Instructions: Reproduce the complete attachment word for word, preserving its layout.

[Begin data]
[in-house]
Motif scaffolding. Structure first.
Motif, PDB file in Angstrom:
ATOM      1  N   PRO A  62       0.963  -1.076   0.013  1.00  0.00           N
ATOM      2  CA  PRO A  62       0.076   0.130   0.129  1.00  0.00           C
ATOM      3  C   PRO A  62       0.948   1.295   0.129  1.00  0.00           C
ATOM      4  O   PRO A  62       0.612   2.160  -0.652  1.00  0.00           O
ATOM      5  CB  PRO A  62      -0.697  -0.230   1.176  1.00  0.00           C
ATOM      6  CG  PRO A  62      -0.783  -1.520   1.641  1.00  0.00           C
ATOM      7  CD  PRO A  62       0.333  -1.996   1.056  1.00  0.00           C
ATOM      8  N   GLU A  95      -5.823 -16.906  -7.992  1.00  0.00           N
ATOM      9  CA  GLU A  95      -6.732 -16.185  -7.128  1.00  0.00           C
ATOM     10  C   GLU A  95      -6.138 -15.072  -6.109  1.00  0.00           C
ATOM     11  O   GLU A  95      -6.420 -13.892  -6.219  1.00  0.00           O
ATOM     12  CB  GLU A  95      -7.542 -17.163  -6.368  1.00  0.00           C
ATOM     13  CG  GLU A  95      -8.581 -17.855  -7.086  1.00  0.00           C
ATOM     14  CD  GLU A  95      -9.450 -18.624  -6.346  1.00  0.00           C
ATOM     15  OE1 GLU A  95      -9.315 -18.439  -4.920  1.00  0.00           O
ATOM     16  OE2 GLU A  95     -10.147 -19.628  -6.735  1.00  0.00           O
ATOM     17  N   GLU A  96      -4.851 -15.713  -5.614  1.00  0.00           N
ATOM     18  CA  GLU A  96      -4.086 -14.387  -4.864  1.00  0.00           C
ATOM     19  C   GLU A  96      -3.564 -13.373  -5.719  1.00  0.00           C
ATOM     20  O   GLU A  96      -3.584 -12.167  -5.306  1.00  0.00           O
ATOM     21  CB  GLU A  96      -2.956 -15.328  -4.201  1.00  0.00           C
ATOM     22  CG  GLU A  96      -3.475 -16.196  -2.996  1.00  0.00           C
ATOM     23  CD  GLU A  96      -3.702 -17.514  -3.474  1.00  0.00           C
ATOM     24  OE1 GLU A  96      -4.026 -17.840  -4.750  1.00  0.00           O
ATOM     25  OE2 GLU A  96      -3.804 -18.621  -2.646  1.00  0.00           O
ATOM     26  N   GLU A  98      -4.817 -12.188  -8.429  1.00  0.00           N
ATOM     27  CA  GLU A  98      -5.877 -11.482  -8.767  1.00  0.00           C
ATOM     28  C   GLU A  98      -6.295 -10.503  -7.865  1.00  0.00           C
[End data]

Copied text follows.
[in-house]
Motif scaffolding. Structure first.
Motif, PDB file in Angstrom:
ATOM      1  N   PRO A  62       0.963  -1.076   0.013  1.00  0.00           N
ATOM      2  CA  PRO A  62       0.076   0.130   0.129  1.00  0.00           C
ATOM      3  C   PRO A  62       0.948   1.295   0.129  1.00  0.00           C
ATOM      4  O   PRO A  62       0.612   2.160  -0.652  1.00  0.00           O
ATOM      5  CB  PRO A  62      -0.697  -0.230   1.176  1.00  0.00           C
ATOM      6  CG  PRO A  62      -0.783  -1.520   1.641  1.00  0.00           C
ATOM      7  CD  PRO A  62       0.333  -1.996   1.056  1.00  0.00           C
ATOM      8  N   GLU A  95      -5.823 -16.906  -7.992  1.00  0.00           N
ATOM      9  CA  GLU A  95      -6.732 -16.185  -7.128  1.00  0.00           C
ATOM     10  C   GLU A  95      -6.138 -15.072  -6.109  1.00  0.00           C
ATOM     11  O   GLU A  95      -6.420 -13.892  -6.219  1.00  0.00           O
ATOM     12  CB  GLU A  95      -7.542 -17.163  -6.368  1.00  0.00           C
ATOM     13  CG  GLU A  95      -8.581 -17.855  -7.086  1.00  0.00           C
ATOM     14  CD  GLU A  95      -9.450 -18.624  -6.346  1.00  0.00           C
ATOM     15  OE1 GLU A  95      -9.315 -18.439  -4.920  1.00  0.00           O
ATOM     16  OE2 GLU A  95     -10.147 -19.628  -6.735  1.00  0.00           O
ATOM     17  N   GLU A  96      -4.851 -15.713  -5.614  1.00  0.00           N
ATOM     18  CA  GLU A  96      -4.086 -14.387  -4.864  1.00  0.00           C
ATOM     19  C   GLU A  96      -3.564 -13.373  -5.719  1.00  0.00           C
ATOM     20  O   GLU A  96      -3.584 -12.167  -5.306  1.00  0.00           O
ATOM     21  CB  GLU A  96      -2.956 -15.328  -4.201  1.00  0.00           C
ATOM     22  CG  GLU A  96      -3.475 -16.196  -2.996  1.00  0.00           C
ATOM     23  CD  GLU A  96      -3.702 -17.514  -3.474  1.00  0.00           C
ATOM     24  OE1 GLU A  96      -4.026 -17.840  -4.750  1.00  0.00           O
ATOM     25  OE2 GLU A  96      -3.804 -18.621  -2.646  1.00  0.00           O
ATOM     26  N   GLU A  98      -4.817 -12.188  -8.429  1.00  0.00           N
ATOM     27  CA  GLU A  98      -5.877 -11.482  -8.767  1.00  0.00           C
ATOM     28  C   GLU A  98      -6.295 -10.503  -7.865  1.00  0.00           C